An interesting article on the modern pig from US News &World Report.
I found that article interesting on a couple of levels. It reminded me of my own upbringing in the Midwest, and my first childhood close encounter with hogs.
My grandparents lived on a farm that had no running water and no indoor facilities located just outside the little town of Halfway, Missouri. My grandfather made his living by raising hogs and chickens and by selling eggs and milk. He milked twice a day, slopped the hogs, fed the chickens and did all the other things small farmers did (and still do, I suppose) to get by. One of my earliest remembrances (I must have been about 4) was when I went with him to slop the hogs.
The hogs lived in a large fenced area, maybe an acre or so in size, that was mostly covered in weeds as tall as my head. The hogs, huge red Durocs, made paths through the weeds and had completely trampled the area around their trough, which sat on bare dirt. The hogs would lie in the weeds most of the day, hidden from sight (my sight, anyway), and shaded from the sun.
At feeding time, my grandfather would get a couple of 5 gallon buckets, put feed in them from a sack, draw water from the well to fill the buckets to the top, and mix the slop. He would then carry a bucket in each hand, step over the low board fence forming the hog pen, pour the bucketsful of slop into the giant trough and yell, “Sooiee.” Not, Wooo, pig, sooooieee, as in the University of Arkansas Hog Call, with which I’m all too familiar, but “Sooieee, pigs, soooieee,” with great emphasis on the first sooooo. It came out from deep within his lungs as “Sooooooooooiee, pigs, soooiee.”
At the first note of soooieee the hogs would explode out of the weeds at a full run and bolt for the trough where they would jostle for position, snorting, grunting, and squealing their zillion decibel squeals as they wolfed (pigged?) their food. Granddad, standing amidst 8-10 of them, would yell and push the hogs out of the way with his foot so that he could get the rest of the slop poured in and get away.
My misadventure came when my grandfather actually let me go all the way into the pen and stand by the trough during feeding. It happened only once.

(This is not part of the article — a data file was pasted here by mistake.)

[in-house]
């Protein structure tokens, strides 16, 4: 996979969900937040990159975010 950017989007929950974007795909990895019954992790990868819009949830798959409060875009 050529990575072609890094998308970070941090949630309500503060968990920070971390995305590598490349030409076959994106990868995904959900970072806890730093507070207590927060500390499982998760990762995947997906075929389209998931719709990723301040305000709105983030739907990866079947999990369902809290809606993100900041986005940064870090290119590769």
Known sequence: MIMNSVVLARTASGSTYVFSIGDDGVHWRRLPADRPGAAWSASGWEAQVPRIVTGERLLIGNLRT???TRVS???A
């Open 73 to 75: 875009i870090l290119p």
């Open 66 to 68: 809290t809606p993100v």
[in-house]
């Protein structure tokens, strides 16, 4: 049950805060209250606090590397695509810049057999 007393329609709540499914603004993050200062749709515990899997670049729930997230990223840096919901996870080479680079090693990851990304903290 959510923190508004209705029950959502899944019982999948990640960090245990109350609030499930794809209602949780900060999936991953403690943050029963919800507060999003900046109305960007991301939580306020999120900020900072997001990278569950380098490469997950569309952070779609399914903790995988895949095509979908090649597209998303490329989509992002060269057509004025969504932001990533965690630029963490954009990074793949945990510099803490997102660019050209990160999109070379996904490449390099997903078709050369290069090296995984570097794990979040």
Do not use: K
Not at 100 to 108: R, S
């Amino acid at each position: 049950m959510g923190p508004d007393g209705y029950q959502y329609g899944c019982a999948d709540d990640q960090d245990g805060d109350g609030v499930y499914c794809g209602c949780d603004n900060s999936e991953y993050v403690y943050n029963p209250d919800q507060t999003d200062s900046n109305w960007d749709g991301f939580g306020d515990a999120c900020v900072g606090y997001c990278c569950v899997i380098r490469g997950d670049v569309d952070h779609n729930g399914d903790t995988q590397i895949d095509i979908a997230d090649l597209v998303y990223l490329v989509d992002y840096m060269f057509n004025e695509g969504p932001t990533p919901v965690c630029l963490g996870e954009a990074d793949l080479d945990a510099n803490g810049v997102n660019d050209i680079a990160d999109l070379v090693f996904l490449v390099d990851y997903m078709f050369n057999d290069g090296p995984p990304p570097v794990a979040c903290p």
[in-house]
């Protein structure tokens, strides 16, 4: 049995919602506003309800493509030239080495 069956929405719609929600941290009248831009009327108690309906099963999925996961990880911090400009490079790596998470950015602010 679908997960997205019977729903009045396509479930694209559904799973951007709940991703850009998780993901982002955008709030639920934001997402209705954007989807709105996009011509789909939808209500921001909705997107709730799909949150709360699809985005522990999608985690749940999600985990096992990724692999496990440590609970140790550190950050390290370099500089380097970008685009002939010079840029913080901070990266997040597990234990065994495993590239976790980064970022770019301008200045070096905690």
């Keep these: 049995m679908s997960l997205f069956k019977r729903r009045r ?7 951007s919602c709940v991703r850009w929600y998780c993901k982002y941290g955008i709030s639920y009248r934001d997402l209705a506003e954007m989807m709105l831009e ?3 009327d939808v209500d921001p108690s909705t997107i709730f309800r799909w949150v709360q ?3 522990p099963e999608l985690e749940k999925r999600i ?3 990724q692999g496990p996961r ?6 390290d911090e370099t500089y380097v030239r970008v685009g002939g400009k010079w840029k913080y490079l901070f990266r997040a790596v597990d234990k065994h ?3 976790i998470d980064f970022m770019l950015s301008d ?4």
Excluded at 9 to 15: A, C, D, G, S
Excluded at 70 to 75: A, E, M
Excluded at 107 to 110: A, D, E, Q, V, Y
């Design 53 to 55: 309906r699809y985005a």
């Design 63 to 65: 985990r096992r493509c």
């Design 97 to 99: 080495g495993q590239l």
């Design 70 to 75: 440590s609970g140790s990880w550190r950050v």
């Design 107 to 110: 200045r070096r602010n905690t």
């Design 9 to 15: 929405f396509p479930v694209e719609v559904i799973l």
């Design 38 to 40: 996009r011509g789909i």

I was standing there troughside as he poured the slop in and soooieed. All of a sudden I was surrounded by a grunting, rooting, snorting, squealing, slobbering mass of hairy, mud-caked hogs trying to get to dinner. They were all at least 10 times my size, or so it seemed, and were jostling and knocking me around like I wasn’t even there. What looked kind of fun from the fence had turned terrifying for my young self in just about a heartbeat. I let out an earsplitting shriek that my grandfather heard over the noise of the hogs. He jerked me up and got me away.
Over the years I had a few more adventures in the very same hog pen with multiple generations of the same hogs, but never one quite as terrifying.
I was also interested in the article from a more professional perspective. I hadn’t realized that pork had also suffered from the fat phobia that has swept the nation over the past couple of decades.
Pigs aren’t porky anymore. Instead, they’re as lanky as marathon runners. While the pig’s makeover is partly a triumphant tale of producers meeting demands for leaner, more healthful meat, there’s a cautionary message here, too. Today’s pigs all too often don’t taste good. With pigs, unlike New York socialites, it really is possible to be too thin.
Since pork has become leaner, I figured I would do a little research to see if I could find out how they were made so thin. Whatever feeding changes have made the pigs leaner ought to work on us too.
I discovered that pork ranchers are giving their hogs more protein and fat to make them leaner. Interesting, eh?
Along with the extra protein and fat, however, hogs are fed a large amount of carbohydrate in the form of grain. I couldn’t figure out how the pigs could get lean with all the carb they were eating even though they were getting more protein. After doing a little more reading and thinking, it finally dawned on me.
Pigs have a normal lifespan of 10-15 years depending upon whose data you want to believe. Pigs are slaughtered at an average age of 6 months to 10 months. So pigs are lean at the time of slaughter which would put them at about the teenage years in pig-life terms. And, as we all know, teenagers seem to stay pretty lean and healthy despite a terrible diet, not because of it. If pigs were to stay on their high carbohydrate diet until they reached pig middle age, I would bet that they would end up as fat as, well, pigs.
I can’t let this post end without mentioning the name of head of animal science at Iowa State University who was quoted for the above mentioned article: Maynard Hogberg.